The ancient watercourse known as the River Siger ran from the Somerset levels east of Highbridge. It followed a route to the north along the A38 as it reached the area of the Fox and Goose pub it was joined by other major tributaries and turned sharply to the west entering the sea at a point almost opposite the low level lighthouse. At it’s widest it was almost 400 metres wide.
The first mention of it is in the 7th century in an Anglo-Saxon Charter date 663AD (or possibly 693 A,D.) as marking one of the four boundaries of land granted by King Ine to the Abbot of Glastonbury: having on it’s west side the Sabrinam (Severn); on it’s north side the Axam (Axe); on it’s east side the Ternuc (or Ternic) (possibly Tarnock) and on it’s south side the Siger.
The prehistory of most of the land in Somerset was that it under water until a few thousand years ago. Areas then began to be reclaimed from the sea. During the Roman period there is plentiful evidence of salt production along the Huntspill and further inland (see illustration1). The black triangles indicate sites of salt production (see also Samuel Nash). In order for seawater to travel this far there could have been no sea defences around Burnham and Highbridge.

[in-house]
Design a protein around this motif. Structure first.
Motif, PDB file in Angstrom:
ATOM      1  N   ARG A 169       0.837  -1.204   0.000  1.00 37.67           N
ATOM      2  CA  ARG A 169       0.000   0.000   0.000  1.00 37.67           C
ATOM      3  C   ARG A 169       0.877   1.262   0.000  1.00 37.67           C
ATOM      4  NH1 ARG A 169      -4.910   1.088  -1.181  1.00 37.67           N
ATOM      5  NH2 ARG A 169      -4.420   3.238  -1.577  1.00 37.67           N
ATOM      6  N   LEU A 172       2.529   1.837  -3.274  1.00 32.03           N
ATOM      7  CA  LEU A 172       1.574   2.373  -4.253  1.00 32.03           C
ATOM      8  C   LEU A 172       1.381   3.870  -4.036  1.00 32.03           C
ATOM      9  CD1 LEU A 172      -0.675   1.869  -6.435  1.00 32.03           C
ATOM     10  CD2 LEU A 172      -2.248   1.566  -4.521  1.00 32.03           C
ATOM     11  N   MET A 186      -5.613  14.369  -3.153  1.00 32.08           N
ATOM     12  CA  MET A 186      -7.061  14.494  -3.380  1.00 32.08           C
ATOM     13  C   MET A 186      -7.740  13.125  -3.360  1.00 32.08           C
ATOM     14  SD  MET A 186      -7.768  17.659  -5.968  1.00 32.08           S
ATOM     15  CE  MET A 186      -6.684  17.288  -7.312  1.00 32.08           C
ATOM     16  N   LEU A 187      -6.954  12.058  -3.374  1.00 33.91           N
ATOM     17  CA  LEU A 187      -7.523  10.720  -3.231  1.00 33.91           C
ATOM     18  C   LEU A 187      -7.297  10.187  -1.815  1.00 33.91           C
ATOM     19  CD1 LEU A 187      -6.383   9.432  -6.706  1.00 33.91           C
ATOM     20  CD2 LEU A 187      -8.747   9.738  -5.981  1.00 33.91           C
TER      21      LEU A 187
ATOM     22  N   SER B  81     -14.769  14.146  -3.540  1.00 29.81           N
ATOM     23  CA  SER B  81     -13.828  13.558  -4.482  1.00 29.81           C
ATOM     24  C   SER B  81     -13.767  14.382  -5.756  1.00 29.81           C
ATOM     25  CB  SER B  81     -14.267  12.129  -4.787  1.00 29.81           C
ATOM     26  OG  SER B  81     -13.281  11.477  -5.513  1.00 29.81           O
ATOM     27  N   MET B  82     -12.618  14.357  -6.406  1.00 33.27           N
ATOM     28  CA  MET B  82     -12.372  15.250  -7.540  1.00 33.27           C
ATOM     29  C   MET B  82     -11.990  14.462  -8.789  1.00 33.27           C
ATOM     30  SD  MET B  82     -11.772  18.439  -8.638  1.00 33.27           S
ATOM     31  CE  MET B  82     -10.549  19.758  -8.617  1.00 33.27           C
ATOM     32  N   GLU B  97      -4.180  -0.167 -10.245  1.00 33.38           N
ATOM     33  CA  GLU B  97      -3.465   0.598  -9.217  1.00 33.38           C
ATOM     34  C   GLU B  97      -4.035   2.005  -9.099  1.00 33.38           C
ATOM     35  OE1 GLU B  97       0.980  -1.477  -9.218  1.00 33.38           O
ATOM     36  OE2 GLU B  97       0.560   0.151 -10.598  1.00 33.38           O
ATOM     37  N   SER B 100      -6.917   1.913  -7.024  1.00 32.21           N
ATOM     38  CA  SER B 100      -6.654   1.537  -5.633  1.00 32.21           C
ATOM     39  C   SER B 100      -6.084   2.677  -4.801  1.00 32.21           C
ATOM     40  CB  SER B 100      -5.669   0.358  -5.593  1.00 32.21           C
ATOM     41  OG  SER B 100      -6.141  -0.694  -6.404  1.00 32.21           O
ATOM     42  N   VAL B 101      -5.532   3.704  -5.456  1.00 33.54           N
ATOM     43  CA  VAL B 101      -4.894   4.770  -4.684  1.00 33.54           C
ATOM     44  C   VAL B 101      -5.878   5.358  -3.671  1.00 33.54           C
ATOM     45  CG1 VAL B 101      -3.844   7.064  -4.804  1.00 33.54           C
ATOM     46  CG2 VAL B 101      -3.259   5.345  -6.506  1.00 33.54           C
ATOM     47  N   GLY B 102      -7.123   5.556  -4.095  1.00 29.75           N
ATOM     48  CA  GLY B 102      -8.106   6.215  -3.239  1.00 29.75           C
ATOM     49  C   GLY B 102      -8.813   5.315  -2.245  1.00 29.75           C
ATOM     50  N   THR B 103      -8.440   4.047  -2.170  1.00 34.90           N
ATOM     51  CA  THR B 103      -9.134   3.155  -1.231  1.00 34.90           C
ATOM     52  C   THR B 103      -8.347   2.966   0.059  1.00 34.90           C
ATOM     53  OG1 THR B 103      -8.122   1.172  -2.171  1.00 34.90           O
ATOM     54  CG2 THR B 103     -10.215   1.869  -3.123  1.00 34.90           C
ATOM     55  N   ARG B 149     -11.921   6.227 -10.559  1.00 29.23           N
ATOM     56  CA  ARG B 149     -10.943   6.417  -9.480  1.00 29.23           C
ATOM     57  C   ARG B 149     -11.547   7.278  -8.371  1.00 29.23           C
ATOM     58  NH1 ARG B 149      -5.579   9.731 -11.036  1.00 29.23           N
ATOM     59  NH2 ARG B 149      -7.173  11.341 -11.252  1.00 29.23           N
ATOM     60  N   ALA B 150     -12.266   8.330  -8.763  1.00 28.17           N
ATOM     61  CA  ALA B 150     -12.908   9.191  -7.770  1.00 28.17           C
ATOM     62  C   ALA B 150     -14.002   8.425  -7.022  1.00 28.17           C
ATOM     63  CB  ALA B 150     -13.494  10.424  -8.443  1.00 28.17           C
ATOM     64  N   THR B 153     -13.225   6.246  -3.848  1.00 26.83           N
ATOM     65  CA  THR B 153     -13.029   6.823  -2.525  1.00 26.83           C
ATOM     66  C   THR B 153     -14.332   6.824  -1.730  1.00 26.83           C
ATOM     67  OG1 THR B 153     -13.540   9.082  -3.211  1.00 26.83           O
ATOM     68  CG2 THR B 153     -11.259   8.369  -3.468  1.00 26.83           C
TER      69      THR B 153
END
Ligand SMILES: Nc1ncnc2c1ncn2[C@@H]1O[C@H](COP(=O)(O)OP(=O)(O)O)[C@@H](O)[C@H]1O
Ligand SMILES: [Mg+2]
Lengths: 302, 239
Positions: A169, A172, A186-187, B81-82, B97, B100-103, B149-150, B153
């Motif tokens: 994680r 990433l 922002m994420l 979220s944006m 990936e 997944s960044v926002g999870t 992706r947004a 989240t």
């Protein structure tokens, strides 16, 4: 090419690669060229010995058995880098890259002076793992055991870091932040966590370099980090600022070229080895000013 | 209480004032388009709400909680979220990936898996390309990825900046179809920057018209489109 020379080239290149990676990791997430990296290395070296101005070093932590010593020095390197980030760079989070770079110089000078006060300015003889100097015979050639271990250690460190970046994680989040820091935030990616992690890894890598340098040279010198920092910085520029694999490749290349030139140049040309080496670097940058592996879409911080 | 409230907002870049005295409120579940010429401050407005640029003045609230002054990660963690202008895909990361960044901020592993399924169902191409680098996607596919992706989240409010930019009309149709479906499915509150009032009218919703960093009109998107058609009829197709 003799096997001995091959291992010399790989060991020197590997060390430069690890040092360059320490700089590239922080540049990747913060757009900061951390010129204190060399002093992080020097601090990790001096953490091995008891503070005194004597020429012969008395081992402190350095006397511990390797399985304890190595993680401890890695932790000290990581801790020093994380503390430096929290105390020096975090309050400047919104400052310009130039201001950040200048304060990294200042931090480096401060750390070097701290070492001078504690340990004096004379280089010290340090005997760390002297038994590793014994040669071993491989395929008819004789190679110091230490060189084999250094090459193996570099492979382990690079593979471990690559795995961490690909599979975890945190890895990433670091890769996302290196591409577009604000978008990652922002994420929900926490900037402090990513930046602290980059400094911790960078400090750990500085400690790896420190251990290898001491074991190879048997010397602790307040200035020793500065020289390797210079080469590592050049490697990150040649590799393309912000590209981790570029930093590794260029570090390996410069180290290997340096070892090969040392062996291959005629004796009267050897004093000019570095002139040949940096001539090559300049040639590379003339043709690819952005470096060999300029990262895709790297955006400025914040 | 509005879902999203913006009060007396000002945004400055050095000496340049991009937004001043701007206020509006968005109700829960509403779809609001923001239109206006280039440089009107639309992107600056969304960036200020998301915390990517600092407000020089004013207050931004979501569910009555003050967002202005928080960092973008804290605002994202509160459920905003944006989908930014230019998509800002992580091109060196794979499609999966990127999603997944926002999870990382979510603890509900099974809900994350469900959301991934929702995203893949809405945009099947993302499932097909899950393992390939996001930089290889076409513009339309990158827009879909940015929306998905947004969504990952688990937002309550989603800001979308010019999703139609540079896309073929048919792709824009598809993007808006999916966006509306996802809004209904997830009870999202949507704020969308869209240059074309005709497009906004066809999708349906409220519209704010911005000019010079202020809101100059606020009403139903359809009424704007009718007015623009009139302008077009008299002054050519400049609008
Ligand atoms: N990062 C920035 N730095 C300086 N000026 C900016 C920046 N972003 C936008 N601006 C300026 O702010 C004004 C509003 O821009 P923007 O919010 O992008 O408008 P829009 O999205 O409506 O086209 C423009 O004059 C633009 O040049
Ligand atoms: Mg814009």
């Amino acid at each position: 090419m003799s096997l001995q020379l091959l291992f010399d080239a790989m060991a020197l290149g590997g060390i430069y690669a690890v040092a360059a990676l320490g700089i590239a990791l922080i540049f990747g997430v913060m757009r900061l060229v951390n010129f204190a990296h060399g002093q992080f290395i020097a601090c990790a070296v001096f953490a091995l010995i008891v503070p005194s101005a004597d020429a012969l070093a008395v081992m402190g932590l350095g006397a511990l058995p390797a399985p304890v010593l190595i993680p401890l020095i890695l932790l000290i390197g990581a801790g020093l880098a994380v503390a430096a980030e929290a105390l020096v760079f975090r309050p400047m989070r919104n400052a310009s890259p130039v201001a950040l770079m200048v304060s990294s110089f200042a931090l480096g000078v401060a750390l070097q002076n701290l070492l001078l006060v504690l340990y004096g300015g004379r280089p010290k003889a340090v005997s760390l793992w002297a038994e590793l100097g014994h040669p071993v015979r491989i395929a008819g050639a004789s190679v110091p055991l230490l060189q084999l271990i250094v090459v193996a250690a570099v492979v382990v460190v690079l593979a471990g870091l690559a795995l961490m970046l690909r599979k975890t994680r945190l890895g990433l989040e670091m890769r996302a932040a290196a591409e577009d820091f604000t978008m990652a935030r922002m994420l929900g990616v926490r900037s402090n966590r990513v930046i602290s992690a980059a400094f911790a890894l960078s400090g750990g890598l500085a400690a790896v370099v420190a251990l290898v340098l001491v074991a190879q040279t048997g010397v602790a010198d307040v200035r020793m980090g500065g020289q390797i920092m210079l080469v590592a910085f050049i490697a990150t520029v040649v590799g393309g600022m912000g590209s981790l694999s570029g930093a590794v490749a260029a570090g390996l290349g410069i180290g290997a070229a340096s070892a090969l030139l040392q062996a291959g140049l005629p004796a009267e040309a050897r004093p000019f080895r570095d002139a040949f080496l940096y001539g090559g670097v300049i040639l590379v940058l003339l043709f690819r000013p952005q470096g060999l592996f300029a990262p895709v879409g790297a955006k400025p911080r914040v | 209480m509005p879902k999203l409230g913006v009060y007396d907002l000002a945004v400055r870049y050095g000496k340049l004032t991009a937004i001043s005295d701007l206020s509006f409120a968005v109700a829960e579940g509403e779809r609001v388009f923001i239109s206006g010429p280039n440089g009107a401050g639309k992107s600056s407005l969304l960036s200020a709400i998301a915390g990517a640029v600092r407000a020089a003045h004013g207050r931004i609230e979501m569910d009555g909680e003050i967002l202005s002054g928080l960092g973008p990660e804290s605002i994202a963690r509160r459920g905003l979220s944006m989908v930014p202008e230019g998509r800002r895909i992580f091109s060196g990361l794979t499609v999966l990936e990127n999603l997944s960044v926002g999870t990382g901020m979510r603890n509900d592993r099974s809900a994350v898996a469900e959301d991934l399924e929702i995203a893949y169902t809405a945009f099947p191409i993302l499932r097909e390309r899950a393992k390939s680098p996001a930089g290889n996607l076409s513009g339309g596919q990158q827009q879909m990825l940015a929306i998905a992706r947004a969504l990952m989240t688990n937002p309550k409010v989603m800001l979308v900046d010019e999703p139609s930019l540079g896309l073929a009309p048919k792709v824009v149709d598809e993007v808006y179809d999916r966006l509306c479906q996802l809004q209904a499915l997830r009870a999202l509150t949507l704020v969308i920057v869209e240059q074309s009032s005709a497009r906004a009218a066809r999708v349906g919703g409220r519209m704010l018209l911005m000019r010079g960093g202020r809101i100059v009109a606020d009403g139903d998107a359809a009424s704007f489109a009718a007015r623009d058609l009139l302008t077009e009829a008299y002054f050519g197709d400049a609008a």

During the Saxon period the land was further drained and was worthy of mention in the Domesday Book, by which time Burnham was a small settlement.
By the medieval period the land had become sufficiently drained that the River Siger ceased to exist, it having been dried up or silted up.
The Siger (and Edithmead meander) are clearly visible on maps which have been complied using LiDAR (Airborne laser altimetry). This method uses a laser beam to accurately measure the distance between an aircraft and the land surface. This data is then used to produce a 3D image of the topography (see Illustration 2 where the water courses are traced in purple). This system was developed by The Environmental Agency and was used to accurately measure the local topographical features, especially height of ground above sea level.